Hair dye tips from the local youth – The Sopris Sun

By Gus Richardson
Youth Correspondent

A sea of ​​black, brunette, blonde and other hair colors floods my vision. But, here and there, I see pitting of alternate hues, splashes of green, blue, and red hair… dyed. Humans have been dyeing their mops for centuries now, with evidence of hair coloring dating back to the Paleolithic era.

Today, it is a form of self-expression. Going from non-dyed hair to colored hair is a big choice – a big choice that I haven’t tried yet. Yes, I have metaphorical “virgin” hair. Still, the subject matter intrigued me to write and create a narrative guide with advice from chromatically locked teenagers in the valley. My first two sources were Candace Samora (purple) and Janeth Villa Hernandez (blue).

I learned a lot from my discussion with Candace and Janeth. Hair has a level of proteins and vitamins that contribute to hair porosity. Low amounts of protein in your hair means lower porosity. These girls had a fairly low porosity. So if you have fairly healthy hair, some of their suggestions may not be the best solution. A common theme here and the most notable piece of advice I’ve received is that you just have to feel it for yourself.

The girls suggested wearing a bonnet or using silk pillows to help keep hair healthy and, of course, mentioned it was a good idea to use a moisturizing shampoo.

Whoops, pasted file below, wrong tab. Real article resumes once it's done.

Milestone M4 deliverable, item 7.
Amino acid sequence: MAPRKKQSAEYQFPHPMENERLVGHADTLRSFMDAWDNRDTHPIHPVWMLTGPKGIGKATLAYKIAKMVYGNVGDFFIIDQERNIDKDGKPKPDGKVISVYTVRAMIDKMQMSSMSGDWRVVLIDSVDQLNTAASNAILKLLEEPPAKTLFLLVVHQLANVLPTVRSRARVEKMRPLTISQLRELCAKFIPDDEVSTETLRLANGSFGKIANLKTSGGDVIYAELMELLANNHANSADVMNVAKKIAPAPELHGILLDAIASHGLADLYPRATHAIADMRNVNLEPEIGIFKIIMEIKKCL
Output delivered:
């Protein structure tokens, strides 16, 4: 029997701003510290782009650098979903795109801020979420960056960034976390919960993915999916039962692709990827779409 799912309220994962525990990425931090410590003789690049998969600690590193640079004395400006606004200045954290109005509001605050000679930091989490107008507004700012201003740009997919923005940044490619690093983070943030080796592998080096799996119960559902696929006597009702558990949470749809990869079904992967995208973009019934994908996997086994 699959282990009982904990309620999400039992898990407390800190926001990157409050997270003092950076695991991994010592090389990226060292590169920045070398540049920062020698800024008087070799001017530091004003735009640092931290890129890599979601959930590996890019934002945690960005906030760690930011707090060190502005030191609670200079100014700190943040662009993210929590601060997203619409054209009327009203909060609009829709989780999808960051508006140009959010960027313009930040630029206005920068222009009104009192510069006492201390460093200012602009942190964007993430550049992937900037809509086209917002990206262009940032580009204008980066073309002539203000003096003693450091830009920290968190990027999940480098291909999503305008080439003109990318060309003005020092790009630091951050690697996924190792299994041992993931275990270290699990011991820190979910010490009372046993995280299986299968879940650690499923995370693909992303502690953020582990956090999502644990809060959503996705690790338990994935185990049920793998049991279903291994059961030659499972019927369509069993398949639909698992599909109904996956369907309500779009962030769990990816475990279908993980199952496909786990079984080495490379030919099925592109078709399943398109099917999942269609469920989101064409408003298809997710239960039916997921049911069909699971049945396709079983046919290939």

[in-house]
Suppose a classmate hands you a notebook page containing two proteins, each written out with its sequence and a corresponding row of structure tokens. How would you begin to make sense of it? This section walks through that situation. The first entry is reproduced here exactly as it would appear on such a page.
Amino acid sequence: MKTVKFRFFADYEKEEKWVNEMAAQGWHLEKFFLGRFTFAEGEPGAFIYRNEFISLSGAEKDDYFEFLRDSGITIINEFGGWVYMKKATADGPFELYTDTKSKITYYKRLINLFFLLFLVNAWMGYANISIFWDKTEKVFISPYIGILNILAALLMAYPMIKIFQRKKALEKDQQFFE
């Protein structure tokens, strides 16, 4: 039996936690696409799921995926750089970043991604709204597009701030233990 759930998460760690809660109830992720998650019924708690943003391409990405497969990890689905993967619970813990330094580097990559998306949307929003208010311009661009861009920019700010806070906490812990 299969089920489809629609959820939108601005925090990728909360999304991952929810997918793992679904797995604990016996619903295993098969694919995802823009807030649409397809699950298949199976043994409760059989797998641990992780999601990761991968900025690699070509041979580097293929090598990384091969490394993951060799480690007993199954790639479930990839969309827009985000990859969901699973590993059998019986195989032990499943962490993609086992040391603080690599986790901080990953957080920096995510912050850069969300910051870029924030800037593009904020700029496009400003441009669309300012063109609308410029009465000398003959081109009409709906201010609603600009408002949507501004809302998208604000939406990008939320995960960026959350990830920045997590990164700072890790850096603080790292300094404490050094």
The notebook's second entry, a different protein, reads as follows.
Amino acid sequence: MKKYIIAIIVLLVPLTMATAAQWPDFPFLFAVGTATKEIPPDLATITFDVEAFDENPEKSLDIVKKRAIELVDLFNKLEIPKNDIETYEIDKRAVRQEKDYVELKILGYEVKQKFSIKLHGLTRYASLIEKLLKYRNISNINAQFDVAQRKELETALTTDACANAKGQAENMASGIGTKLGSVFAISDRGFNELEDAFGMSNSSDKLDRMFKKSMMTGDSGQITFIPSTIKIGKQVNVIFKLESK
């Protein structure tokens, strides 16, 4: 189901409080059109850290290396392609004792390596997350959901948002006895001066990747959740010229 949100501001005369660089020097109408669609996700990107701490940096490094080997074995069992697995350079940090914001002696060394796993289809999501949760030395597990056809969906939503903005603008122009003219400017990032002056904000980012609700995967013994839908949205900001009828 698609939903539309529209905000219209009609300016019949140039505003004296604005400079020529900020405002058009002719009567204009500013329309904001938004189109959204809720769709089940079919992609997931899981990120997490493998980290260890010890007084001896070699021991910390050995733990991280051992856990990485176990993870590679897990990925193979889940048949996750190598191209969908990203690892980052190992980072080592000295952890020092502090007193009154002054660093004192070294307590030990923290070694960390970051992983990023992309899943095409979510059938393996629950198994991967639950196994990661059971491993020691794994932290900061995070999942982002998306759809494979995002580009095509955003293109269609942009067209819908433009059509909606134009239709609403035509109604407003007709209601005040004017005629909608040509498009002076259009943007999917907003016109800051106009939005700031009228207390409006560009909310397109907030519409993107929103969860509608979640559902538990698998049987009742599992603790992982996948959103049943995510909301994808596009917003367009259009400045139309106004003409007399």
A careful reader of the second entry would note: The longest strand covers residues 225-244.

My second source was Jax Carpenter (red) – a 17-year-old punk-rock, trans-masculine boy. He had a lot of good advice. He advised to be gentle with your hair. It’s part of your body and you don’t want to damage it. He stressed the importance of using low porosity hair dyes for low porosity hair, as these dyes are meant to reduce the risk of damage. Generally, semi-permanent hair dye has the least chance of damaging hair.

When trying to make choices about hair dye, it’s also important to keep possible allergies in mind. You don’t want to get hives from trying to dye your hair! Don’t worry though, the worst results of a hair dye accident are often blisters or hair loss (the latter likely from leaving the bleach on too long). However, bleach may be necessary for darker hair if you want a lighter color.

I asked Jax about his position on trade shows. To paraphrase, he said salons are expensive but a good choice if you want something more elaborate. He strongly endorsed the home setup and suggested doing it with friends – not only to help with recovery, but also to bond.

As for brands, Candace and Janeth suggested Strawberry Leopard as a great home dye that lasts a long time but is better for later in your dyeing endeavors. Jax made many suggestions. First of all, Manic Panic is vegan, vibrant, and good for all stages of your dye journey. Secondly, XMondo is a blend of hair care and color that will make hair vibrant and healthy and may even repair damaged hair. The company apparently also sells shampoos and conditioners that promote healthy hair. It is still a bit more expensive than other brands. He also suggested a brand called Nutrisse, which sells kits containing oils to repair damaged hair.

In conclusion, hair coloring is an interesting form of self-expression, but it can seem a bit scary. Not to mention, there’s a lot to keep in mind when exploring. Either way, I hope this additional information from our young local hair dye savants helps future dyers get started and make their own alternative hair dye discoveries.

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